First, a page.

First-Order Programming Theories / Edition 1

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Overview

This book proposes a purely classical first-order logical approach to the theory of programming. The authors, leading members of the famous "Hungarian school", use this approach to give a unified and systematic presentation of the theory. This approach provides formal methods and tools for reasoning about computer programs and programming languages by allowing the syntactic and semantic characterization of programs, the description of program properties, and ways to check whether a given program satisfies certain properties. The basic methods are logical extension, inductive definition and their combination, all of which admit an appropriate first-order representation of data and time. The framework proposed by the authors allows the investigation and development of different programming theories and logics from a unified point of view. Dynamic and temporal logics, for example, are investigated and compared with respect to their expressive and proof-theoretic powers. The book should appeal to both theoretical researchers and students. For researchers in computer science the book provides a coherent presentation of a new approach which permits the solution of various problems in programming theory in a unified manner by the use of first-order logical tools. The book may serve as a basis for graduate courses in programming theory and logic as it covers all important questions arising between the theory of computation and formal descriptive languages and presents an appropriate derivation system.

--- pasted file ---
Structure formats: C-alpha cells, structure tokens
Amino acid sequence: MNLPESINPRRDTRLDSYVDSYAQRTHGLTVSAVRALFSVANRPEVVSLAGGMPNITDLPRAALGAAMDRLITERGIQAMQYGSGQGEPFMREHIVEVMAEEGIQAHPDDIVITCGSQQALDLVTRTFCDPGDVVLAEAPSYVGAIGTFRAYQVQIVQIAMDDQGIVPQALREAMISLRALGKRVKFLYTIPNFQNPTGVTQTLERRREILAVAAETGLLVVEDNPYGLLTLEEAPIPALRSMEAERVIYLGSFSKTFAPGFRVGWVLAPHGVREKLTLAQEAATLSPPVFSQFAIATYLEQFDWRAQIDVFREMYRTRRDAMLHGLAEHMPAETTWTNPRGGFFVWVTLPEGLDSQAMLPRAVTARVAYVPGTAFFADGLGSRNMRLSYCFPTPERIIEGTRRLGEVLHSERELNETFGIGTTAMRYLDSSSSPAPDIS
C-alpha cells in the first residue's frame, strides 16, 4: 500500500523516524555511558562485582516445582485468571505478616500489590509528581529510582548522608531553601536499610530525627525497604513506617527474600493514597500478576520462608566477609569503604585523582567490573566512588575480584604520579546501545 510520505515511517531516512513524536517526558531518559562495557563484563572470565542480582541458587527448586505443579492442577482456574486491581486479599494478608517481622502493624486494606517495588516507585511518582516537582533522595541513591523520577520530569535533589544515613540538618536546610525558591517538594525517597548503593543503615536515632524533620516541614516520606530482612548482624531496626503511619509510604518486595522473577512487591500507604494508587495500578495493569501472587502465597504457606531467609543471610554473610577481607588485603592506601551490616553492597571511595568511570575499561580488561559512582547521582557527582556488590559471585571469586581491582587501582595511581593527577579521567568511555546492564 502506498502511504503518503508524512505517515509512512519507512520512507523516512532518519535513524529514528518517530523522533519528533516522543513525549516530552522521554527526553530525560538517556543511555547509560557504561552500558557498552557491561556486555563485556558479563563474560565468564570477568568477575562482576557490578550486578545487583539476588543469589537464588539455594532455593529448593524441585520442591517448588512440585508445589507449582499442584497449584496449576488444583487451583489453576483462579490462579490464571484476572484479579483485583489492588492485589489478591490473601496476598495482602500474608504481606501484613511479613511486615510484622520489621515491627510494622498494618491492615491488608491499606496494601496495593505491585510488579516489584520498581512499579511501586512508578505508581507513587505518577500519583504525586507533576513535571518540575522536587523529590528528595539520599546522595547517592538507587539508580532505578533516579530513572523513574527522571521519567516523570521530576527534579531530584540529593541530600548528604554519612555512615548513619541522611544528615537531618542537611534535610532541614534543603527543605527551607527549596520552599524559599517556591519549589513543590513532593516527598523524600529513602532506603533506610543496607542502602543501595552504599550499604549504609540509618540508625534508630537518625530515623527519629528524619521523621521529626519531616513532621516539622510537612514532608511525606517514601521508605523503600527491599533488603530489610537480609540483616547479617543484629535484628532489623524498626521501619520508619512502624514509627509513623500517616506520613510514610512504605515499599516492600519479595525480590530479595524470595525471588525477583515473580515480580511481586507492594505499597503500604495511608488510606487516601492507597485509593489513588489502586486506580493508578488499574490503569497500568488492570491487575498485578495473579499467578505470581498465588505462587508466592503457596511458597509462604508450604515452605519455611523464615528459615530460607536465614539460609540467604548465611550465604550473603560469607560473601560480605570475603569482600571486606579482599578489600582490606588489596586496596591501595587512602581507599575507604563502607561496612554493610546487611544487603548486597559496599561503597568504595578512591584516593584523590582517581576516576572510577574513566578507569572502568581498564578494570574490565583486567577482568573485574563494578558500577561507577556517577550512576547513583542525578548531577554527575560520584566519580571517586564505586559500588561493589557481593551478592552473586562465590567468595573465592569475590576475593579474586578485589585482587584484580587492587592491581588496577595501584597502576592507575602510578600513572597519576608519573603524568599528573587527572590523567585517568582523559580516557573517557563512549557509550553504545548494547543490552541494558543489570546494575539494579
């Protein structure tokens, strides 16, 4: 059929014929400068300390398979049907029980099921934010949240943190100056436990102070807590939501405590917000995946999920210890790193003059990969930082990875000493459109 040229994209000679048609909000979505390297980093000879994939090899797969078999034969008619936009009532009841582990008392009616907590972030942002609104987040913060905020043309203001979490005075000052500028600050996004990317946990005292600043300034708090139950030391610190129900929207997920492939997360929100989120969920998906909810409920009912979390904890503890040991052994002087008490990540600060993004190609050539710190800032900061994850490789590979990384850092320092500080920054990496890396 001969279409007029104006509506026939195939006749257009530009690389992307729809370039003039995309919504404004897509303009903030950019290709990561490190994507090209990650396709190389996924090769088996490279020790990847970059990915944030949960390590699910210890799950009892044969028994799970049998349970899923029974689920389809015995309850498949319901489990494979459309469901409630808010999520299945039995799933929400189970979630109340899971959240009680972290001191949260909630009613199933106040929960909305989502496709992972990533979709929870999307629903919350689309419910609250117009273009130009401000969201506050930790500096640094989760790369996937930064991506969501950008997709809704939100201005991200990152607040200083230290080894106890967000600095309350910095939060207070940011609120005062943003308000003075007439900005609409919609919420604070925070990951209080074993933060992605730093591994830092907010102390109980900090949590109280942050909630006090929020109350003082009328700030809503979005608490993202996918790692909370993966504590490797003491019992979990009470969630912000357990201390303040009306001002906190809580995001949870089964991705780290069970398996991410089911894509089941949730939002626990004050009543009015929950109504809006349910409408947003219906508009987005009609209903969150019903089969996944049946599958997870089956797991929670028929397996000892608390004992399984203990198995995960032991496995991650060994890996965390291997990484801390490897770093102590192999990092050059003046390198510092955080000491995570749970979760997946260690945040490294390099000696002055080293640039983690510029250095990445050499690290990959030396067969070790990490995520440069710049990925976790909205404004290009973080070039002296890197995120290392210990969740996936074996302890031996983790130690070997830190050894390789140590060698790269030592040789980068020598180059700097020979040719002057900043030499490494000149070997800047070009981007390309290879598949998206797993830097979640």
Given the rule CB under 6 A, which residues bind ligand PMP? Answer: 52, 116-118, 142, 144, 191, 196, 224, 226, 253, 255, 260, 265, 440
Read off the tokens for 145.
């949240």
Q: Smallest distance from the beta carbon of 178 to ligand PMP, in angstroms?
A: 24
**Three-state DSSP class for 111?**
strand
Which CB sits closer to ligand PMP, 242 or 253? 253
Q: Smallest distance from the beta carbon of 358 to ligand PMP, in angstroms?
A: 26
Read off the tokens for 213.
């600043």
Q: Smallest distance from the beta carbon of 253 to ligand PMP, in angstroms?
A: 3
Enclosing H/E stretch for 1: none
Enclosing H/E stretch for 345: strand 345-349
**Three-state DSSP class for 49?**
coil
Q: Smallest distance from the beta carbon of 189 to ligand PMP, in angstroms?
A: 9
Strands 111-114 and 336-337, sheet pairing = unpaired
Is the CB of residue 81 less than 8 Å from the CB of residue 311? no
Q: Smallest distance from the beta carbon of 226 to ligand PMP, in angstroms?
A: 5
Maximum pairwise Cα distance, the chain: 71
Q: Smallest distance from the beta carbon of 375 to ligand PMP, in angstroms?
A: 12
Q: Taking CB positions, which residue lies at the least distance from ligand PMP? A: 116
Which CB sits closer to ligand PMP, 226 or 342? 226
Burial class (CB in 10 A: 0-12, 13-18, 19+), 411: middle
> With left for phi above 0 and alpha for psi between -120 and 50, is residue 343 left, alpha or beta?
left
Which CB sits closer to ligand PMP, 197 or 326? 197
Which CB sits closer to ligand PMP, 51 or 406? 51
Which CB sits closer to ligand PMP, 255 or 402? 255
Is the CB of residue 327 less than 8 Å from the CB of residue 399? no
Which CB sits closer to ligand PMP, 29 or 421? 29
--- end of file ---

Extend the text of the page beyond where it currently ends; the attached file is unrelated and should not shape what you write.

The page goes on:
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Product Details

Table of Contents

Mathematical Background.- 1. Logic and Model Theory.- 2. Inductive Definability.- I Computability.- 3. Introduction to Part I.- 4. Main Properties of Program Schemas.- 5. Extension of Program Schemas.- 6. Program Schemas with Stacks.- 7. Computability.- 8. On Inductive Definability of 1- and 2-Computable Relations.- II Extended Dynamic Logics.- 9. Introduction to Part II.- 10. Description of Program Properties.- 11. Den-based Descriptive Languages.- 12. The Problem of Completeness.- 13. Dynamic Logic Generated by Extension.- 14. Continuous Denotational Semantics.- 15. Definable Denotational Semantics.- III Temporal Characterization of Programs.- 16. Introduction to Part III.- 17. Temporal Logic.- 18. Temporal Logical Description of Program Properties.- 19. Is Temporal Logic Expressible in Dynamic Logic?.- 20. Is Dynamic Logic Expressible in Temporal Logic?.- 21. The Case of Enumerable Models.- 22. Temporal Axiomatization of Program Verification Methods.- IV Programming Logic with Explicit Time.- 23. Introduction to Part IV.- 24. Time Logic.- 25. Definability in Regular Time Theories.- 26. Expressive Power of Time.- Epilogue.- References.- Notations.

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